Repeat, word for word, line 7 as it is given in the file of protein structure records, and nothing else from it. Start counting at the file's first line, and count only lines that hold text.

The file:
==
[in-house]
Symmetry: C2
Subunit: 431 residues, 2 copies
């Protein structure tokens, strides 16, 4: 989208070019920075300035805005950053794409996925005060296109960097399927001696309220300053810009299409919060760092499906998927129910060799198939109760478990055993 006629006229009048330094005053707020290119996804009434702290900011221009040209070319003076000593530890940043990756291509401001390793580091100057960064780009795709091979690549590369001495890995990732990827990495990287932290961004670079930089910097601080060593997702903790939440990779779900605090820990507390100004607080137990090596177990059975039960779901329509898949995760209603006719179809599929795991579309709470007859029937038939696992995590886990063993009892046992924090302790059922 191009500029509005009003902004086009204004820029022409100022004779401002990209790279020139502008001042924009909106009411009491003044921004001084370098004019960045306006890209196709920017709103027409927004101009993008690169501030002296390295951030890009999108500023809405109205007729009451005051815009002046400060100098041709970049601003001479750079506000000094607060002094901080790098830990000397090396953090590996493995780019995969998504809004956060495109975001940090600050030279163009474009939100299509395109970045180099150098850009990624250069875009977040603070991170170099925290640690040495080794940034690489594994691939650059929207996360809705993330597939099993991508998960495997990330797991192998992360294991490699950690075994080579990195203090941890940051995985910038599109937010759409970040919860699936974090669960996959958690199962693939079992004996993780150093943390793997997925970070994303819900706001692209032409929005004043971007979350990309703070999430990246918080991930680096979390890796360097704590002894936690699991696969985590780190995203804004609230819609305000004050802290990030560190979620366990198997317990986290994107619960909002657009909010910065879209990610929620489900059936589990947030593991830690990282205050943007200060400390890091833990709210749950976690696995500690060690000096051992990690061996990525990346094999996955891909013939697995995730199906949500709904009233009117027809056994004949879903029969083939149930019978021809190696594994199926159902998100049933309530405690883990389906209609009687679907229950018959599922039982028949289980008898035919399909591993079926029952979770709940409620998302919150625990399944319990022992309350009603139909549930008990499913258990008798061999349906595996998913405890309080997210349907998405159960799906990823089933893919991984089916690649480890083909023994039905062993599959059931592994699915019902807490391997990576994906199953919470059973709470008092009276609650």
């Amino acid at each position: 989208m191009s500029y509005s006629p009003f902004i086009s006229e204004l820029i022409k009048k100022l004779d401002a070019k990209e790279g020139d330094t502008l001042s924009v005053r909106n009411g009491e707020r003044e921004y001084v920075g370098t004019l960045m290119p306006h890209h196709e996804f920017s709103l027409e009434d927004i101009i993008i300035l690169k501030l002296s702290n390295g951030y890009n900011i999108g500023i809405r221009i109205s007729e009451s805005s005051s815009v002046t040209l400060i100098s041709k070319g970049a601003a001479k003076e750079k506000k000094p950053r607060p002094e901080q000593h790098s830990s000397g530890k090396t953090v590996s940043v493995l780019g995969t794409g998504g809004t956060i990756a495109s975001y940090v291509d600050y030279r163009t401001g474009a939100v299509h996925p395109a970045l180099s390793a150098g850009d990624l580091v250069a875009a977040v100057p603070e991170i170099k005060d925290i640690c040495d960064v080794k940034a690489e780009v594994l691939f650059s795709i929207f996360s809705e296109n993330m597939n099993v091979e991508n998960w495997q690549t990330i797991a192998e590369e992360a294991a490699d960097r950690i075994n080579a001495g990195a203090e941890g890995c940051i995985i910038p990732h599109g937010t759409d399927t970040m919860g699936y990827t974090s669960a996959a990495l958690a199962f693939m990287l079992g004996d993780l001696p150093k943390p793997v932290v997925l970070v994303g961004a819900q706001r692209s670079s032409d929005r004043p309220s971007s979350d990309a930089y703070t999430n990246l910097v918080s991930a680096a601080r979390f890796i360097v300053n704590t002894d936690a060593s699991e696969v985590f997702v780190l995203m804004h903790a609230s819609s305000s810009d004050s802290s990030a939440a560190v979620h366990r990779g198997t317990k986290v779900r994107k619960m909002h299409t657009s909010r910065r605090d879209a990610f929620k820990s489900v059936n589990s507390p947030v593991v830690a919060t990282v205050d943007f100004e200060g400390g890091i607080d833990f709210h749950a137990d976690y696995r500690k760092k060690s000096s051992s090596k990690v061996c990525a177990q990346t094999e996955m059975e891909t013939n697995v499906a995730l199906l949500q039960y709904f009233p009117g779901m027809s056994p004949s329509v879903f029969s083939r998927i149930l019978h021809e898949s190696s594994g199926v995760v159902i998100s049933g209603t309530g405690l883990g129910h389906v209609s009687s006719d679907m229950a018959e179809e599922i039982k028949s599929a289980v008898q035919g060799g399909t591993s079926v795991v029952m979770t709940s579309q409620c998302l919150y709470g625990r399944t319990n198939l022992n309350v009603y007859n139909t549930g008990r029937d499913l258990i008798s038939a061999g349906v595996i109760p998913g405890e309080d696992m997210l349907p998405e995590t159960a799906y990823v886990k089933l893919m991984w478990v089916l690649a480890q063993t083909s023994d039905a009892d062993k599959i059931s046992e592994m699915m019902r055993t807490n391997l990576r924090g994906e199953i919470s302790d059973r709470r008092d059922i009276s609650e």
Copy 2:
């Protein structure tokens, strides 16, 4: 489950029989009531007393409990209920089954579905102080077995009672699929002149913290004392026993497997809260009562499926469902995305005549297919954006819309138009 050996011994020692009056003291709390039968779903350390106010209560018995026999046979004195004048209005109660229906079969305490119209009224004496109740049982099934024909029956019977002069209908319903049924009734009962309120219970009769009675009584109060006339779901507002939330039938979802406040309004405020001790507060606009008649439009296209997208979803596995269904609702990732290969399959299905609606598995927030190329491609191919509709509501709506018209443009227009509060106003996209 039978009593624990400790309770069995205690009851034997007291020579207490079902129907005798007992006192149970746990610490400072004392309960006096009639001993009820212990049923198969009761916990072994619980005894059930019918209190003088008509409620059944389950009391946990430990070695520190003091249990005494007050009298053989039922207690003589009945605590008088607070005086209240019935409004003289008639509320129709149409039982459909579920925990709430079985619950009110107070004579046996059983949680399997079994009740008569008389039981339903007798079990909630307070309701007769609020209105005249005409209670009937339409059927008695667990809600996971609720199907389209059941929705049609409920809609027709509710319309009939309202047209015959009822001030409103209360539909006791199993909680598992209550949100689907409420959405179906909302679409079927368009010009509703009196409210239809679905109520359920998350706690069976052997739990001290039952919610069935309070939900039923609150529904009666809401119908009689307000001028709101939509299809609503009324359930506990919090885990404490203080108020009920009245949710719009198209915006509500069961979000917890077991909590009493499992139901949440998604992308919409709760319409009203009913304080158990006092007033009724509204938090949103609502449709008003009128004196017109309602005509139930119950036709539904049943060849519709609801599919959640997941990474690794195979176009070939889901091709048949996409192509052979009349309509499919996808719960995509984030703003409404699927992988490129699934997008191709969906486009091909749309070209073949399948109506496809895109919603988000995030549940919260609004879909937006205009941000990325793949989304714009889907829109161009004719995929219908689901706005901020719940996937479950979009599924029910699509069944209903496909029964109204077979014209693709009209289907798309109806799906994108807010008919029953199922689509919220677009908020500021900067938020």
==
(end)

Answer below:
């Protein structure tokens, strides 16, 4: 489950029989009531007393409990209920089954579905102080077995009672699929002149913290004392026993497997809260009562499926469902995305005549297919954006819309138009 050996011994020692009056003291709390039968779903350390106010209560018995026999046979004195004048209005109660229906079969305490119209009224004496109740049982099934024909029956019977002069209908319903049924009734009962309120219970009769009675009584109060006339779901507002939330039938979802406040309004405020001790507060606009008649439009296209997208979803596995269904609702990732290969399959299905609606598995927030190329491609191919509709509501709506018209443009227009509060106003996209 039978009593624990400790309770069995205690009851034997007291020579207490079902129907005798007992006192149970746990610490400072004392309960006096009639001993009820212990049923198969009761916990072994619980005894059930019918209190003088008509409620059944389950009391946990430990070695520190003091249990005494007050009298053989039922207690003589009945605590008088607070005086209240019935409004003289008639509320129709149409039982459909579920925990709430079985619950009110107070004579046996059983949680399997079994009740008569008389039981339903007798079990909630307070309701007769609020209105005249005409209670009937339409059927008695667990809600996971609720199907389209059941929705049609409920809609027709509710319309009939309202047209015959009822001030409103209360539909006791199993909680598992209550949100689907409420959405179906909302679409079927368009010009509703009196409210239809679905109520359920998350706690069976052997739990001290039952919610069935309070939900039923609150529904009666809401119908009689307000001028709101939509299809609503009324359930506990919090885990404490203080108020009920009245949710719009198209915006509500069961979000917890077991909590009493499992139901949440998604992308919409709760319409009203009913304080158990006092007033009724509204938090949103609502449709008003009128004196017109309602005509139930119950036709539904049943060849519709609801599919959640997941990474690794195979176009070939889901091709048949996409192509052979009349309509499919996808719960995509984030703003409404699927992988490129699934997008191709969906486009091909749309070209073949399948109506496809895109919603988000995030549940919260609004879909937006205009941000990325793949989304714009889907829109161009004719995929219908689901706005901020719940996937479950979009599924029910699509069944209903496909029964109204077979014209693709009209289907798309109806799906994108807010008919029953199922689509919220677009908020500021900067938020």